It was a whopper of a problem.  Everything was transported by horse-drawn vehicles of one kind or another – people, goods, food – everything.  In cities like New York, the horse dung began to: stink, pile up, overwhelm.  (Read The New Yorker article – the description is pretty awful).

Here’s the book’s description of the problem:
The average horse produced about 24 pounds of manure a day.  With 200,000 horses (in New York), that’s nearly 5 million pounds of horse manure.  A day.  Where did it go?

When there were fewer horses, there was a workable solution.  Farmers would pay for the manure, than haul it off to the farm.  As the problem grew, the farmers could get it for free.  But finally, there was simply too much of the stuff – way too much of the stuff.  And it was a world-wide problem.  Again from The New Yorker article:
in 1894, the Times of London forecast that by the middle of the following century every street in the city would be buried under nine feet of manure.


In Superfreakonomics, the authors tell:
In 1898, New York hosted the first International urban planning conference.  The agenda was dominated by horse manure, because cities around the world were experiencing the same crisis.  But no solution could be found.  “Stumped by the crisis,” writes Eric Morris, “the urban planning conference declared its work fruitless and broke up in three days instead of the scheduled ten.”  The world had seemingly reached the point where its largest cities could not survive without the horse but couldn’t survive it either.
And then the problem vanished.

You know, of course, the solution.  It was not some government program — it was the new-fangled horseless vehicle.

Now, there is a lesson in this for all of us.  Problems are real.  And serious.  And must be taken quite seriously.  We should search diligently for solutions.  But we never quite know what the solution will be, and then we don’t always know what the next problem will be.

The solution to the horse manure problem was a technological solution – that came seemingly out of nowhere.

The Superfreakonomics guys argue in this book that there will be more unexpected and certainly unusual solutions to new problems.  Their suggested approach to global warming is creating quite a furor, with all sorts of people condemning their book as wrong, inaccurate, unrealistic…  (Their solution is to create some hefty “artificial volcanoes” spewing out volcanic like substance into the atmosphere, which will cool the planet.  Their reason? – conservation, going green, will not do the job. The problem is too big, and it’s too late, for that kind of solution).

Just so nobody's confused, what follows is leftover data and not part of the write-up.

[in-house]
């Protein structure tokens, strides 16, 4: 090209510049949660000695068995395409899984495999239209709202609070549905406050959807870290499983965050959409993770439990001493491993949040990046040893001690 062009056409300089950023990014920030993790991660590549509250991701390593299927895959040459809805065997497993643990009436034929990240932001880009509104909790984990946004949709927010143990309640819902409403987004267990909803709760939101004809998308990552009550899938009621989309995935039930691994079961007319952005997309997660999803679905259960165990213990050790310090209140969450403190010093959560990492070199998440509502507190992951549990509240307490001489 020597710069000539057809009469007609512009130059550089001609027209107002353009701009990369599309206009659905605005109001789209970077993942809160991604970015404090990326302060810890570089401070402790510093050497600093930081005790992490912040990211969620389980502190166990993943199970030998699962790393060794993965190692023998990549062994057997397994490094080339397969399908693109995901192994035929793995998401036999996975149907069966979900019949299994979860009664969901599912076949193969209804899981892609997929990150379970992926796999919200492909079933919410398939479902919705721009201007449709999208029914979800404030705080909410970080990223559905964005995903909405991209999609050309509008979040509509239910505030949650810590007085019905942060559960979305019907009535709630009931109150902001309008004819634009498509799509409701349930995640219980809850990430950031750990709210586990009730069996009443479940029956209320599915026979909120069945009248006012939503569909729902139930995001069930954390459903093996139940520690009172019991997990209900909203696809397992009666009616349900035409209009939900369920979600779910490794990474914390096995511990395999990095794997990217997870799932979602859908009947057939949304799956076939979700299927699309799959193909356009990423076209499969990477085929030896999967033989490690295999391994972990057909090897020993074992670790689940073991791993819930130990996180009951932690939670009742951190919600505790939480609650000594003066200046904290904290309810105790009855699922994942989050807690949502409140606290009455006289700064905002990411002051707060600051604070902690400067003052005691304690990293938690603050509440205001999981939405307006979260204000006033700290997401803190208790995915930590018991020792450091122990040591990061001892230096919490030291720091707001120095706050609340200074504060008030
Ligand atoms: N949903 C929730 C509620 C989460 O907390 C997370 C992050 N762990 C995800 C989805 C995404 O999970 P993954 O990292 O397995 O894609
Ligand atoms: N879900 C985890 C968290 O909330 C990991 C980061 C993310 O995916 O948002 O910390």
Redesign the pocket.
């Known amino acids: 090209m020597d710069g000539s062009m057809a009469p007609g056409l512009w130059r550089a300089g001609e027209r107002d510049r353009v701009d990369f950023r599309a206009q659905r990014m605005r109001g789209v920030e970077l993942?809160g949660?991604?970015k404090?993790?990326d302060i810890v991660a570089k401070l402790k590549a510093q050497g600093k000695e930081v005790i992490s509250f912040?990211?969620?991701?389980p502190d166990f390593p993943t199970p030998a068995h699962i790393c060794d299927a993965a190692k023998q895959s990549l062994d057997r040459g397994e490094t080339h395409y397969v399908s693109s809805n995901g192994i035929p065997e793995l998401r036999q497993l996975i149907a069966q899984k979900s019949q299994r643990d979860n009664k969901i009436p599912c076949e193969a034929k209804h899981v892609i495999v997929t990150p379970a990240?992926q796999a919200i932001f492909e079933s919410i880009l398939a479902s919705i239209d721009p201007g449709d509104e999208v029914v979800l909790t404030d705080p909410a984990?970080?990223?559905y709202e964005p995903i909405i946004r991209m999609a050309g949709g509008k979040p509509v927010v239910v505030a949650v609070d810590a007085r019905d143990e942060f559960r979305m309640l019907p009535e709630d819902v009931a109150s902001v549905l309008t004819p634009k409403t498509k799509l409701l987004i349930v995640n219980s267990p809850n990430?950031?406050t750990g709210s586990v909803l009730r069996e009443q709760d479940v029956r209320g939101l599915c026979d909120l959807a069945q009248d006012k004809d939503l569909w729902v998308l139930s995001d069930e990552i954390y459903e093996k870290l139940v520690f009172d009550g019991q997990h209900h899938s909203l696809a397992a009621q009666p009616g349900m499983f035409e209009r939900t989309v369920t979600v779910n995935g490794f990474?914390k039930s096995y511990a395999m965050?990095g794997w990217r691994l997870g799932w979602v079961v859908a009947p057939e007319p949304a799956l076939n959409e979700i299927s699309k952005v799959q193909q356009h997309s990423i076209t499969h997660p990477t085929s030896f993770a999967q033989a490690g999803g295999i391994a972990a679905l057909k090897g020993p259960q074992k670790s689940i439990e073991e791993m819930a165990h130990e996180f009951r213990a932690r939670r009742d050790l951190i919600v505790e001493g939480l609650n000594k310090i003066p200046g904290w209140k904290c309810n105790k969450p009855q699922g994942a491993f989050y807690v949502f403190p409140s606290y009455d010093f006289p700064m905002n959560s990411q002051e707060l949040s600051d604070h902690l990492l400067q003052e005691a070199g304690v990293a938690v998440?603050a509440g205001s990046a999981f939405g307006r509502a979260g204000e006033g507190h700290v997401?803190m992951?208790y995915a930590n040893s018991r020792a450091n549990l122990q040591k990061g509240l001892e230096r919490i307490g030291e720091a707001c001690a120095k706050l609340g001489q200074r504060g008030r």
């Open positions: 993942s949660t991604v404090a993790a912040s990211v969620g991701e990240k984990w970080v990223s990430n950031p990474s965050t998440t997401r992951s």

Here’s The New Yorker’s concluding remarks, denouncing the book:
To be skeptical of climate models and credulous about things like carbon-eating trees and cloudmaking machinery and hoses that shoot sulfur into the sky is to replace a faith in science with a belief in science fiction. This is the turn that “SuperFreakonomics” takes, even as its authors repeatedly extoll their hard-headedness.

They may be right to condemn the book’s suggested solutions.  But I have this to say.  Pay attention to the deeper issue.  Forget their specific proposed solution; instead look at the lesson.  Yesterday’s problems that were completely overwhelming were solved, in most unexpected ways.  And today’s problems will bring the same unexpected solutions.  (At least, I hope they do).  And then, sad to say, there will be another problem looming right before our eyes.

Superfreakonomics reminds us that innovation is an absolute necessity.  That is a recurring theme in business books, and on this blog, for sure.


I will be presenting my synopsis of Superfreakonomics at the December First Friday Book Synopsis.  Register here.

The Freakonomics guys are back at it — with Superfreakonomics

FreakonomicsThe Freakonomics guys are back at it.

In their first book, Freakonomics:  A Rogue Economist Explores the Hidden Side of Everything, the economist and journalist duo of Steven Levitt and Stephen Dubner made quite a splash with a whole new set of questions, and a new way of looking at many things…  Here’s an excerpt:

As Levitt sees it, economics is a science with excellent tools for gaining answers but a serious shortage of interesting questions.  His particular gift is the ability to ask such questions.  For instance, if drug dealers make so much money, why do they still live with their mothers?  Which is more dangerous, a gun or a swimming pool?  What really caused crime rates to plunge during the last decade?…  And how does a homeless man in tattered clothing afford $50.00 headphones?
Levitt’s underlying belief:  the modern world, despite a surfeit of obfuscation, complication, and downright deceit, is not impenetrable, is not unknowable, and – if the right questions are asked – is even more intriguing than we think.  All it takes is a new way of looking.
Experts are human, and humans respond to incentives.  How any given expert treats you, therefore, will depend on how that expert’s incentives are set up.

They are at it again in their new book: SuperFreakonomics: Global Cooling, Patriotic Prostitutes, and Why Suicide Bombers Should Buy Life Insurance.  It has gotten mixed reviews, with more than a few questions about their global warming/cooling section, but it is a big best seller.  Volume 1 makes many interested to read volume 2.Superfreakonomics